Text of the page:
In the words Ivan Welton Fitzwater, “the future of the world is in my classroom today”. I cannot think of a more accurate nor humbling statement when it comes to teaching. As an educator, it is completely inevitable not to reach at least one student in your classroom. However, I believe that many do not realize how great of an impact our teachers make for our children daily. What many do not realize is that the teacher’s attitude about learning has a much more significant impression on now the child feels about it than anything else. I am a strong believer in doing what it takes to show a child the value and sheer enjoyment of learning. As a child growing up in the public-school system, I have witnessed encouraging and inspiring experiences with teachers as well as unpleasant. Now that I am older, seeing these same behavioral issues and patterns have really opened my eyes as to how much the teacher’s approach sets the tone for the upcoming lesson.
The importance of teacher’s wellbeing and their impact in the classroom, shaping and molding of the young minds that parents send with confidence to school every day of the week. (NSW Department of Education and Communities, 2015) The stress levels in the teaching profession are amongst the highest of any occupation across many countries. (Stoeber J & Renner D, 2008) The pressure associated with high student expectations and their demands, knowing their content of work to engage a classroom audience, their high workload levels, vulnerability due to responsibility, involvement in over 1000 interactive communications per day with students and their continuous deadlines for paperwork and admin duties, all
Twenty-five years ago, as I sat at my desk at Stockard Middle School completely engulfed and overwhelmed with a sense of utter panic, I searched for an answer as to how to manage my students whose behavioral needs completely surpassed my knowledge and skill level as a teacher. It only took me two months to realize I was unprepared and unskilled, and if something did not change quickly, my career as a teacher would soon be over. Luckily, I was offered an opportunity to learn from a mentor, who during the next six months would provide me with additional learning sessions on how to support student behavior. This mentor taught me the “what, why, and how” of student behavior and how my skill level as a teacher correlated with the progress of my students. I finally realized how much their achievement was impacted by my ability to support their learning. My mentor’s training would allow me to effectively teach students with an emotional disturbance and facilitate their transition back to the mainstream classroom. For the next seven years, it was truly amazing to see the influence I had as a teacher, but also it made me realize the incredible responsibility I had as a teacher to “get it right”. Without the proper training, I would have been a part of the growing number of teachers who are leaving the classroom because of their lack of support and their feelings of being unprepared.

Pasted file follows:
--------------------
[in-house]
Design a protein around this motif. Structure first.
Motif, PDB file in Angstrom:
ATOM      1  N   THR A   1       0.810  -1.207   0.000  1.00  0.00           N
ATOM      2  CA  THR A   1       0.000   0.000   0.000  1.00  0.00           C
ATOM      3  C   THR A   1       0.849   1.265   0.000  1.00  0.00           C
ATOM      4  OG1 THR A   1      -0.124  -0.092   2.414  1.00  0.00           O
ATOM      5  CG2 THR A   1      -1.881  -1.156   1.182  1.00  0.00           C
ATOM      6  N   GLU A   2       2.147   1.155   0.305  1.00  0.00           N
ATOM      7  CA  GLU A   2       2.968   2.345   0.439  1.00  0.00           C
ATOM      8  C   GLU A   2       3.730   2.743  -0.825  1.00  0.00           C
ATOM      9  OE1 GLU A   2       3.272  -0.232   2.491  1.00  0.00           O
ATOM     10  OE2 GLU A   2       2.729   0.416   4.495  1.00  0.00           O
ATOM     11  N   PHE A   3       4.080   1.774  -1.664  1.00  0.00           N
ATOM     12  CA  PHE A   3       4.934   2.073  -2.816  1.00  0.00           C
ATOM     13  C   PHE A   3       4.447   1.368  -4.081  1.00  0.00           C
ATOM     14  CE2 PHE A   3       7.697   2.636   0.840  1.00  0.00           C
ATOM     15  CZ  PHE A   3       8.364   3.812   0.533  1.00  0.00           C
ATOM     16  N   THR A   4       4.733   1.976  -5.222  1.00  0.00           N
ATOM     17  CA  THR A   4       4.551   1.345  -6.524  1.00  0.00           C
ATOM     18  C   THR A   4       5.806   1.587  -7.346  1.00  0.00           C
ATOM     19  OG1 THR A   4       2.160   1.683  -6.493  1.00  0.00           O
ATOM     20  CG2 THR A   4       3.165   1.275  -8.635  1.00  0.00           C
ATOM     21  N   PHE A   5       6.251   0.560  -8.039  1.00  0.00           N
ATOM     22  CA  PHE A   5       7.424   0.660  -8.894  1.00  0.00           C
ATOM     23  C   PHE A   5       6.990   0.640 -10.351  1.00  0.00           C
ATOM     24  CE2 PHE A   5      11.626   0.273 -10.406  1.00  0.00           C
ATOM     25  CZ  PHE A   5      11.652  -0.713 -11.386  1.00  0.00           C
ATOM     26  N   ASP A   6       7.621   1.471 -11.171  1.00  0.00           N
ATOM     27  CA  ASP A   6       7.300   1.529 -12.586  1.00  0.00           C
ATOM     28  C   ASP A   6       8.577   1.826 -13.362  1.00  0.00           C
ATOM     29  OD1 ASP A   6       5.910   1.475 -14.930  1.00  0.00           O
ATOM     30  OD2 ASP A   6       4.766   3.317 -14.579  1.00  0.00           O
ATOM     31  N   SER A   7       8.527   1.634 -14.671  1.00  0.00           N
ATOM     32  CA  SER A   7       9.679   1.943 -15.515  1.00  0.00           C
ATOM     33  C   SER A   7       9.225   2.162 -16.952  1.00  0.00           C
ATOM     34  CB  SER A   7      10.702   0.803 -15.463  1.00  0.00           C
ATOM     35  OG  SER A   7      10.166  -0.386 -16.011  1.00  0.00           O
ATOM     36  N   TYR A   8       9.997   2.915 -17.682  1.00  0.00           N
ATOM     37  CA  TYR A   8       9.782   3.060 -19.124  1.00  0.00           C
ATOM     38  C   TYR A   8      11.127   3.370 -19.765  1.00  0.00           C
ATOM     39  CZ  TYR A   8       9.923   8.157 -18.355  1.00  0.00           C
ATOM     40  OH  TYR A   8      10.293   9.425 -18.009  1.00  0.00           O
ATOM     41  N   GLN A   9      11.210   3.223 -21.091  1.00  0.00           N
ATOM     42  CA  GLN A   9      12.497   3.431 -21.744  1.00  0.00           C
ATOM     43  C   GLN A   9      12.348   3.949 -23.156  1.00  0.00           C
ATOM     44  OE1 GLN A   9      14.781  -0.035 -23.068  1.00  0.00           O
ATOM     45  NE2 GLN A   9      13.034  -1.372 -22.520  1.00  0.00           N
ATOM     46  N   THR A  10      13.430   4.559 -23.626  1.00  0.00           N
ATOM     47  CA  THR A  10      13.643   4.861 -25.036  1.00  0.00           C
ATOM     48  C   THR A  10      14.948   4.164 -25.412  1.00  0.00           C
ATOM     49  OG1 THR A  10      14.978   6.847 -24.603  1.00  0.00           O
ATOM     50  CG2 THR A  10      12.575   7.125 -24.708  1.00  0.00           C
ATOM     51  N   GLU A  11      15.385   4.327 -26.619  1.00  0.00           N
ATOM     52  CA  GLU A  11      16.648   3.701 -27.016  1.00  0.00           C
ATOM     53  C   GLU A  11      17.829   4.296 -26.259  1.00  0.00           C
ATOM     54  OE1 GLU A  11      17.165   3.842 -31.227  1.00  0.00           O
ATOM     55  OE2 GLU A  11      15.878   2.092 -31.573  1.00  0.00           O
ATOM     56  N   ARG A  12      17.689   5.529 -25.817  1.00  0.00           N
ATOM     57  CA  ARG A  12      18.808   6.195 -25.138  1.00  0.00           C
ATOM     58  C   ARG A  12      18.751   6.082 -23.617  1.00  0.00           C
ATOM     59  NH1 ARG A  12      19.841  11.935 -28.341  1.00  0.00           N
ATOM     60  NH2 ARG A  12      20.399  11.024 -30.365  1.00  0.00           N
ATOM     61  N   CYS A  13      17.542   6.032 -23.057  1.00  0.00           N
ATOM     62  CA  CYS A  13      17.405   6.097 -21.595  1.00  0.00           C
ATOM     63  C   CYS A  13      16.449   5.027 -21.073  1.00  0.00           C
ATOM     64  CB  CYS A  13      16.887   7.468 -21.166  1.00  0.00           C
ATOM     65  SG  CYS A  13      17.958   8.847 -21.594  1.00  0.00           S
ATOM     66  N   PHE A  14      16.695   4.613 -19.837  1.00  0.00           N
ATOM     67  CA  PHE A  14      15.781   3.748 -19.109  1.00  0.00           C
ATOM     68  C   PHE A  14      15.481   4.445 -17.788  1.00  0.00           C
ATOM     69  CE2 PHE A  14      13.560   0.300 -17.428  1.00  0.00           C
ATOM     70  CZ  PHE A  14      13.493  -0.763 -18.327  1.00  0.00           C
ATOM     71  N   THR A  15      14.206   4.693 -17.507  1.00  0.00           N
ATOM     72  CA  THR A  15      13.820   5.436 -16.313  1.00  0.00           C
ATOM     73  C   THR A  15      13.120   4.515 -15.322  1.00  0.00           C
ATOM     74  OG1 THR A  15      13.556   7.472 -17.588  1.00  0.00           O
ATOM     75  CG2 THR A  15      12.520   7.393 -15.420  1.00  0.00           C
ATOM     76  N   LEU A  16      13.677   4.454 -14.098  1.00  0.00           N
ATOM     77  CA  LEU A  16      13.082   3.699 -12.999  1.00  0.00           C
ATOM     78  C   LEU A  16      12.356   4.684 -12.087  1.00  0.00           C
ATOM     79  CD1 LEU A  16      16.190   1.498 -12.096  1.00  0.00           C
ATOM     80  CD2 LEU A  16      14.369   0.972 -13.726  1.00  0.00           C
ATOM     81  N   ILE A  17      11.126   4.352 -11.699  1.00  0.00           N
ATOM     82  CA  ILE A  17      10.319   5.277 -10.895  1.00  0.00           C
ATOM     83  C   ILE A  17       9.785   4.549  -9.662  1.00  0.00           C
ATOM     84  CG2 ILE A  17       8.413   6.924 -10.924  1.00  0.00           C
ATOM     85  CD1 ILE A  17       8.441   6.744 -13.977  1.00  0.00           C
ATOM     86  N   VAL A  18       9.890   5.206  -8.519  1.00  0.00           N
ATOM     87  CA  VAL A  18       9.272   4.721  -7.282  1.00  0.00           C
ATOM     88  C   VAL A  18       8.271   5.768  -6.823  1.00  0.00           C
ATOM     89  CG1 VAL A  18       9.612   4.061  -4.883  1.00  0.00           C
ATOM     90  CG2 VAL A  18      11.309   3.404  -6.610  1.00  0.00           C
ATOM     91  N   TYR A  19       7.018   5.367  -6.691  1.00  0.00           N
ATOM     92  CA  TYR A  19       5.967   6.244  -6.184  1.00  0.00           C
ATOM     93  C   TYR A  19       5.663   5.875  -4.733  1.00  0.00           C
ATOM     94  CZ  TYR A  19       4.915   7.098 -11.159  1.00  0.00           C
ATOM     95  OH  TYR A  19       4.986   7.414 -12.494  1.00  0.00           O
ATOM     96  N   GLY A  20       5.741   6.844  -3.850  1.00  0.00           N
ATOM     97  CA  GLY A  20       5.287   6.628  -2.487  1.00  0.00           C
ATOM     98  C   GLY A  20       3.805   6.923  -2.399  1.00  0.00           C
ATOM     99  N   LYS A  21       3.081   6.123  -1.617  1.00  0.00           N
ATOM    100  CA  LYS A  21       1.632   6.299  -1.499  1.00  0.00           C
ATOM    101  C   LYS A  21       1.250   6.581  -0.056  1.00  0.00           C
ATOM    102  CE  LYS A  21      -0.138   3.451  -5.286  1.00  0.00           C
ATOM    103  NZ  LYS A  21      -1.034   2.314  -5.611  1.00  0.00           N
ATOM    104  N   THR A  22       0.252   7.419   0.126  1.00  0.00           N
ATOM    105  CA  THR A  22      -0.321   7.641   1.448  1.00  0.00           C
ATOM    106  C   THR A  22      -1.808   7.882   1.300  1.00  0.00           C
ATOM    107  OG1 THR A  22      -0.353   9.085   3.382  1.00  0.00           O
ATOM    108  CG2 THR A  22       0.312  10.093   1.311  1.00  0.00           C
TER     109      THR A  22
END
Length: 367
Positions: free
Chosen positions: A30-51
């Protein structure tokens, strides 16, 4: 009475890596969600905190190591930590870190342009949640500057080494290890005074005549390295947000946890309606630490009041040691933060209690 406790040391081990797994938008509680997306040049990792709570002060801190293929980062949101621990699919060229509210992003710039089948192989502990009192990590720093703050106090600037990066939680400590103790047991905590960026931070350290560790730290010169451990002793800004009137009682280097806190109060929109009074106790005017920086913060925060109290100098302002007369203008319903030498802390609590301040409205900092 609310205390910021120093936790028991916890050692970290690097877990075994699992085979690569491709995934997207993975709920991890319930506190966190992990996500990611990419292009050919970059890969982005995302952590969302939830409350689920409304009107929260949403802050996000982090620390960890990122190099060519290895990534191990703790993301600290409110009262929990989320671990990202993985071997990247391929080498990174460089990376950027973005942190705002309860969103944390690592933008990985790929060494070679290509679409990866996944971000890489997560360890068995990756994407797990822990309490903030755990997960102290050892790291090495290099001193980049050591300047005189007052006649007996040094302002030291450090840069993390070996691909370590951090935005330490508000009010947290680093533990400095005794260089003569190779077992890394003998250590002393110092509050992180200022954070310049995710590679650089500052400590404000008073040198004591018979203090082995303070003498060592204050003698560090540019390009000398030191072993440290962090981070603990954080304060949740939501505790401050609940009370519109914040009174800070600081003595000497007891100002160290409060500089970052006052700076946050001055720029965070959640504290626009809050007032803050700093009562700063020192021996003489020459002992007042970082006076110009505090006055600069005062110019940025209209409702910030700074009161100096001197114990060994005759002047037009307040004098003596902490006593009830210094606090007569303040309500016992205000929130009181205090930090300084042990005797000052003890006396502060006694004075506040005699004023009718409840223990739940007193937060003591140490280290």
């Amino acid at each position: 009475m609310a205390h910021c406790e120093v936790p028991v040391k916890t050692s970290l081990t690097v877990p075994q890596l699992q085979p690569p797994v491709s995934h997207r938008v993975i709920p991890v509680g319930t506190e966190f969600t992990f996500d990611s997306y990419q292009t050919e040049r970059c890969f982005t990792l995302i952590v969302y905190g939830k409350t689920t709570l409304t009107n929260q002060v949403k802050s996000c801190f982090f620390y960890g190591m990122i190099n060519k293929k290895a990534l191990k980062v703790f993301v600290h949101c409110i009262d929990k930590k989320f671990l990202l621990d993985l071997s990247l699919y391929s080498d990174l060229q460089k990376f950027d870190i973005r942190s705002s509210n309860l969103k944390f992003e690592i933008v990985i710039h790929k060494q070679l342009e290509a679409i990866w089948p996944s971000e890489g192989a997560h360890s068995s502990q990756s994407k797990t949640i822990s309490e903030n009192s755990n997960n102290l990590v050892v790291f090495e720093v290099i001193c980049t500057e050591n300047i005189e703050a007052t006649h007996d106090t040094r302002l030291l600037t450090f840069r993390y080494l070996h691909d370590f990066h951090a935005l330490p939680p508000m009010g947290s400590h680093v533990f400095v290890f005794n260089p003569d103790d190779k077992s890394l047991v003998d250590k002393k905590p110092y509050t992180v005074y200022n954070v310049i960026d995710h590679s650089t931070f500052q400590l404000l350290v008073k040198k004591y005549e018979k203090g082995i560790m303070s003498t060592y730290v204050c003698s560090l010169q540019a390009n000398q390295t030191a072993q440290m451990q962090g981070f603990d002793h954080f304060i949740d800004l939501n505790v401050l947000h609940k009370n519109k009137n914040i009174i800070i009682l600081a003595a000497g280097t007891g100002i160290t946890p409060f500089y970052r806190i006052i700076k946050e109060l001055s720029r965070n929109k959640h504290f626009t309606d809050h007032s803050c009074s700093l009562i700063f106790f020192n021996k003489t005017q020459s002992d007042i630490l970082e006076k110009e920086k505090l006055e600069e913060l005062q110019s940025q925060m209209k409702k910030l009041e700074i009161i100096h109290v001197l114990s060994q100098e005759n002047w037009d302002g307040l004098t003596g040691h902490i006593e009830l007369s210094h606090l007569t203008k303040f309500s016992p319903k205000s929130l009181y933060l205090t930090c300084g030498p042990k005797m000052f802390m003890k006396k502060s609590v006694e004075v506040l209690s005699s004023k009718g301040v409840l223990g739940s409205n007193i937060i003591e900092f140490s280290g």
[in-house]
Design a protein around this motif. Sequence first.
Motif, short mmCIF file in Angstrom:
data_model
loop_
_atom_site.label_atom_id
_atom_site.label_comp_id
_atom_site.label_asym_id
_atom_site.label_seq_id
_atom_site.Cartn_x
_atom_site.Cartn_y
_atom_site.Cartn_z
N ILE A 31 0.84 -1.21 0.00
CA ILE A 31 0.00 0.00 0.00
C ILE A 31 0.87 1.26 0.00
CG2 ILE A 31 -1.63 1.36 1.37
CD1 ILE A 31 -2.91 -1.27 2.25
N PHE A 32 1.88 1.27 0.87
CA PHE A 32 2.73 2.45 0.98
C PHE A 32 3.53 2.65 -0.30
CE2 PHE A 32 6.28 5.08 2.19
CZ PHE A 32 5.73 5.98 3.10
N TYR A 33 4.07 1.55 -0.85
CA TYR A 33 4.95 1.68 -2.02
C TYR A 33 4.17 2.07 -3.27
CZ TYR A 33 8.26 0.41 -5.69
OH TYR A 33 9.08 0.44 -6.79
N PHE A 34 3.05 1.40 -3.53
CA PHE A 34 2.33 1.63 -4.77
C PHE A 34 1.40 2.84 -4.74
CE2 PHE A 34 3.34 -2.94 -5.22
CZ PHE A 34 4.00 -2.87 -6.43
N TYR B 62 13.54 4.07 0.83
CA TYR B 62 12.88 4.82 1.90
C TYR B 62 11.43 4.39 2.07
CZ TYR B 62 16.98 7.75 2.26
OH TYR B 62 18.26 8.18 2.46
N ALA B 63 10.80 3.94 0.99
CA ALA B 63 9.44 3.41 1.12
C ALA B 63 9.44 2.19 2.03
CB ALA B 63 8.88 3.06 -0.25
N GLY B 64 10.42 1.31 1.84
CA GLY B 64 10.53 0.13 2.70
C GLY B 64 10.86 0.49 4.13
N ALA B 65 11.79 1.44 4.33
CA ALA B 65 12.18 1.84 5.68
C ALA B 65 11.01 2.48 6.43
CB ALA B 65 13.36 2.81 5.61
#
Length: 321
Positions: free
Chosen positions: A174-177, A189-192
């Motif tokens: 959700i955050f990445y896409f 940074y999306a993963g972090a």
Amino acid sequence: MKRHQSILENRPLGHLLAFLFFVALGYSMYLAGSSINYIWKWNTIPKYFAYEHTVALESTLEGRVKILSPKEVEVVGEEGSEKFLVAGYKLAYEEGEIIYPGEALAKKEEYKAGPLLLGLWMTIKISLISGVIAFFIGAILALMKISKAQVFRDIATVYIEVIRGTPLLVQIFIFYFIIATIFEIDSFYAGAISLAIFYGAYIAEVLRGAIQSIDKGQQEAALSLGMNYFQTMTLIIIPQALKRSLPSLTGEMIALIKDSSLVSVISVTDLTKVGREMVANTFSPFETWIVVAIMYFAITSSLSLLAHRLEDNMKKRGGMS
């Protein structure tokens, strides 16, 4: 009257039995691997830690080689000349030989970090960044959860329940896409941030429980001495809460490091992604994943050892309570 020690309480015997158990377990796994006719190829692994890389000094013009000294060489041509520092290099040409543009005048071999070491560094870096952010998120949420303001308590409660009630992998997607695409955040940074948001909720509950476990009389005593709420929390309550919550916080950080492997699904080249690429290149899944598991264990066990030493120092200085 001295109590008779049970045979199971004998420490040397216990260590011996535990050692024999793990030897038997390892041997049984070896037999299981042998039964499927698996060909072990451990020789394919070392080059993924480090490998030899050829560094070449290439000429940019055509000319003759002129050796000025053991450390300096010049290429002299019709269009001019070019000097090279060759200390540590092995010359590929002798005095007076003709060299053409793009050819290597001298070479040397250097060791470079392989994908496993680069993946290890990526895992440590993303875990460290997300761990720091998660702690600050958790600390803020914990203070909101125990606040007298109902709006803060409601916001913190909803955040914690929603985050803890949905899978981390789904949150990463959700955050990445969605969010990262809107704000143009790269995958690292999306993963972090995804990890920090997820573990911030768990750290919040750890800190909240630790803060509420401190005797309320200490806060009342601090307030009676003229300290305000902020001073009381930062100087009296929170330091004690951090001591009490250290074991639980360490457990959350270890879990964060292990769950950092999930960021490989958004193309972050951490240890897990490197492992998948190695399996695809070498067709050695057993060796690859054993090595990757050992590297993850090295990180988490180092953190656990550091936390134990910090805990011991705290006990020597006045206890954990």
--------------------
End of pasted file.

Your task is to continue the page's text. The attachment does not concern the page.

The first area of discussion in this section of the paper is the development of my strengths. After analyzing all of the results of the surveys completed for this course, it is apparent that I am strong in the areas of concern for the workers and learning from others. In order to develop these strengths, I will apply a two step procedure. First, I will use a more formal approach when determining the needs of my future teachers. Until recently, I have only performed cursory evaluations regarding the needs of the teachers in my school. This is an event that I have undertaken as a department chair. As an educational administrator, I will apply a more formal method of evaluation to verify the actual perceived needs of the teachers. Later in this section of the paper, I offer a plan that can be instituted in a school with similar issues as mine. Second, since my personality tends to focus my learning from others, I
In this essay, I will be looking at the research on the stress involved in being a schoolteacher. Teaching in schools is now widely recognised as being one of the ‘high stress’ occupations, and we need to understand the causes of stress for teachers and how it can be reduced (Dollard et al., 2003; Kyriacou, 2000).
Being a teacher is being a tool to create progress on each individual. The teacher works on a purpose as a designer; imposing knowledge upon his or her students in some creative manner and as an agent for change. From this purpose, progress will be bestowed in the future or through times. It is my heartfelt desire to choose this field. For almost 3 years of being an aspirant on this field, I have experienced quite a lot of challenges that leads me to learn better especially from our field studies: On becoming a teacher—where I have created a lot of reflections about teacher as a person, teacher in the classroom, teacher and the community, global teacher, and the teacher as a professional. Moreover, I have also figured out everything especially on facilitating learning from the
Before anyone becomes a teacher, they are a student, which can give a sort of dichotomous understanding of the teacher-student dynamic. The teacher is powerful and authoritative, one who both has and provides vast degrees of knowledge, at times oppressive but always in control. Standing in stark contrast are the students, unsure of themselves and wanting to learn, shaping their relationship to the classroom around the all-encompassing authority of the teacher. Actually stepping out of that dynamic, transcending that barrier and filling the teacher’s shoes, helps one to realize that though being the teacher is as empowering as it is confusing, it’s extraordinarily vulnerable and drives one to constant self-analysis and